IntercontinentalExchange deemed the first week of business for itsB2B electronic over-the-counter precious metals marketplace a success,with “no hours of down time” and “growth in both volume andcustomers.” The online scalable trading system called “The ICE,”traded precious metals spot, forwards and options within its firstweek of service (see Daily GPI, Aug. 25).
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Following the lead of both the over-the-counter and cashmarkets, natural gas futures erupted higher yesterday morning astraders covered shorts on the outside possibility that a tropicalstorm might develop in the Gulf of Mexico. The September contractwas the biggest mover, posting an impressive 21.3-cent gain tofinish at $3.987.
Despite an impressive bounce Thursday afternoon and strongerover-the-counter trades Friday morning, natural gas futures werehit with a second day of losses Friday as locals deposited themarket lower after finding an intermediate layer of resistance at$4.16. The July and August contracts moved lower in lockstep, eachshedding 2.1 cents to finish the week at $4.043 and $4.022respectively. Estimated volume was 82,698.
Spurred by constructive over-the-counter dealings, along with alittle apprehension ahead of today’s release of fresh storage data,the July contract gapped higher at the open yesterday en route toan unprecedented 15th advance in 16 trading sessions. After makinga “head fake” lower about mid-morning Tuesday, the July contractrumbled 8.6 cents higher to finish at $4.354.
A gang of heavy-hitters hopes to take global over-the-counter(OTC) trading of energy, metal and other commodities to a whole newballpark — the Internet, where liquidity is expected to be big.Last week’s announcement of the plan was followed by a relatedupset of Nymex board members and speculation that others will befollowing the group’s lead.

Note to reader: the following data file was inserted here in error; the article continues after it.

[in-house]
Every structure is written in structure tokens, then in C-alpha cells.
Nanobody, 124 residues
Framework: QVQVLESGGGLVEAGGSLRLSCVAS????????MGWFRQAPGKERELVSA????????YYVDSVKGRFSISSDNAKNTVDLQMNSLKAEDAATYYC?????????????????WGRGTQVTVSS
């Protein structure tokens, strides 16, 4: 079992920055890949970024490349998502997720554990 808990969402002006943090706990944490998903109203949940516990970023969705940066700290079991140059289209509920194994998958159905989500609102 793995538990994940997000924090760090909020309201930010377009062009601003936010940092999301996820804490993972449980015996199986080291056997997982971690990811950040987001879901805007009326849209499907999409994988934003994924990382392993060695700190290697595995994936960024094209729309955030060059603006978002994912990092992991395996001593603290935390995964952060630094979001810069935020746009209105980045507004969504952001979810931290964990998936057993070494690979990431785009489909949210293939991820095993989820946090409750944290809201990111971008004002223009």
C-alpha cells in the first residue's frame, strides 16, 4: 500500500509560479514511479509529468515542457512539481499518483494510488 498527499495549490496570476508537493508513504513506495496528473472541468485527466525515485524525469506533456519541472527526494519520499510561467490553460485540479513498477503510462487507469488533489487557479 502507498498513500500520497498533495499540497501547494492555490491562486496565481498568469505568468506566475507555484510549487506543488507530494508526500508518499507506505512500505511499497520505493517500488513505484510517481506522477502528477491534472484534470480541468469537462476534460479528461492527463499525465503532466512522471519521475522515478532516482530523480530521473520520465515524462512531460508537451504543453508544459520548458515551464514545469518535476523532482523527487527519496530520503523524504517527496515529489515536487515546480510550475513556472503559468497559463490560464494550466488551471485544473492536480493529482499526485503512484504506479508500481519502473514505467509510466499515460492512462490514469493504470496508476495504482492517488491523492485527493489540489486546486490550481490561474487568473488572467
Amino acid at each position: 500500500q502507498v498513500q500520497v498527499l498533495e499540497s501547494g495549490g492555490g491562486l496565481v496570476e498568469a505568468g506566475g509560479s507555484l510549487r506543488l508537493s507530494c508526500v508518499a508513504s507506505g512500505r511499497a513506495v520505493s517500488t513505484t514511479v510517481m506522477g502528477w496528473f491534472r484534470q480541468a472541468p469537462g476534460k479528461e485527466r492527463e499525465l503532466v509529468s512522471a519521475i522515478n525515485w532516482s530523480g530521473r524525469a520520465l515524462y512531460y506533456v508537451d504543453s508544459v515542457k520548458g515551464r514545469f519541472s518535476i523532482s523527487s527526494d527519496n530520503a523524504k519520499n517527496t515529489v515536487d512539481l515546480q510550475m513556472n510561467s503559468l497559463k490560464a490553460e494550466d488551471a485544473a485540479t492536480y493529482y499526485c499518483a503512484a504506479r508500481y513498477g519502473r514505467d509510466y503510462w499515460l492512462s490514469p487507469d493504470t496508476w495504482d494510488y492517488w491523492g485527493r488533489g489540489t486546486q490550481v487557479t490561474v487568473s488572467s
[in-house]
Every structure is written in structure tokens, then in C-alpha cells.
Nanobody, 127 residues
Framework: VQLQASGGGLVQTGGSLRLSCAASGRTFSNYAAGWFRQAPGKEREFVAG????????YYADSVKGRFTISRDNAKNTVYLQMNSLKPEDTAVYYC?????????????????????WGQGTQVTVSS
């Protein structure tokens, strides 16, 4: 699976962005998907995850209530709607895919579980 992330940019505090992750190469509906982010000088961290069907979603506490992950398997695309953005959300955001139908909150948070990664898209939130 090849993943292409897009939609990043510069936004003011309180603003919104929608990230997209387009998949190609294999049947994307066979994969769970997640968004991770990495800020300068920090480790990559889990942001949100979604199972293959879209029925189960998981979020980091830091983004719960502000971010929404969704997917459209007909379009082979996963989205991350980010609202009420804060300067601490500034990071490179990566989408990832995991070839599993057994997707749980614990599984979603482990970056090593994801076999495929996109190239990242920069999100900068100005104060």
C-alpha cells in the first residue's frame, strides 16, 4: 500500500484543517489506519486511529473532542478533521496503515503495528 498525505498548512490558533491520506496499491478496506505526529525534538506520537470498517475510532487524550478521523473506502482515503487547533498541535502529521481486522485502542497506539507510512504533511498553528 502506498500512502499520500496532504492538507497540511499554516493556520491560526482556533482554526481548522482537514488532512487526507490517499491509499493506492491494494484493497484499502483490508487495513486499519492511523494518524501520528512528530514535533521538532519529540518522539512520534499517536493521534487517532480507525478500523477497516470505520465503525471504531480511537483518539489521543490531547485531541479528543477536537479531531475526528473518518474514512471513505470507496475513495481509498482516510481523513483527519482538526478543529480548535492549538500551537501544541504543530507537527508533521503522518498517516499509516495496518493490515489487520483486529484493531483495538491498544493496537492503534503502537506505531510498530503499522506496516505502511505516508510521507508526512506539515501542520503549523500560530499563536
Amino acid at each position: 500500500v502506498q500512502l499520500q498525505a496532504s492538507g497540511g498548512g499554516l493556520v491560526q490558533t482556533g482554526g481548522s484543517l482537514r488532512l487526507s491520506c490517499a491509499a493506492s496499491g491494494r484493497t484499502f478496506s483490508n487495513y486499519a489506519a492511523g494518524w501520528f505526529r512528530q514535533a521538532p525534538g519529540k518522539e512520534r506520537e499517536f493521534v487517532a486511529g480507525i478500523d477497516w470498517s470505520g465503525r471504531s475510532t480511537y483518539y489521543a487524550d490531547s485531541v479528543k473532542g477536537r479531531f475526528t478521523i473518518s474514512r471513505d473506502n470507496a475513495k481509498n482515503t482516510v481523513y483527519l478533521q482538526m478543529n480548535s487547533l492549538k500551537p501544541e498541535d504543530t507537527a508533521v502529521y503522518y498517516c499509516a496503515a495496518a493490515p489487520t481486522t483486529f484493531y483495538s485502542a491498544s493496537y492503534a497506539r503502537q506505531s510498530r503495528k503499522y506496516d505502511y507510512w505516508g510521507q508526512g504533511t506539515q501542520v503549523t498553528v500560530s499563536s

An actively traded over-the-counter market set the stage for aturbulent session Friday in the natural gas pit at Nymex andtraders did not disappoint — taking prices higher on the openbefore sending them lower in two distinct selling waves.
Despite bullish over the counter dealings and a constructiveopening, the natural gas futures market shuffled lower Monday asshort-term traders sold off newly acquired long positions. TheNovember contract notched a $3.02 high shortly after the open thenproceeded lower to its $2.86 low for the session. A late rallybolstered prices near the closing bell to $2.92, a 5.5-cent loss onthe day.
After a week of offers, acceptances and counter-offers, Southern Union and Oneok are now waiting to see who is awarded the prize of merging with Southwest Gas. Both companies said they have reached the maximum they can offer. The only winners so far, according to a source close to the situation, have been Southwest Gas’ shareholders, who have seen the price for their shares vault from an original $28.50/share to $33.50/share.
Thursday night’s Access gains, and higher prices in both theover-the-counter and cash market set the stage for the May futurescontract to blast off Friday. In fact, the buzz around the pit atNymex early Friday centered on when, not if, the prompt month wouldfill in the chart gap up to $2.19. But despite all the hoopla andbullish sentiment, the May contract could manage only a half-pennygain from its $2.16 open, leaving the market to trend lowerthroughout the rest of the day. May finished 1.3 cents lower at$2.124.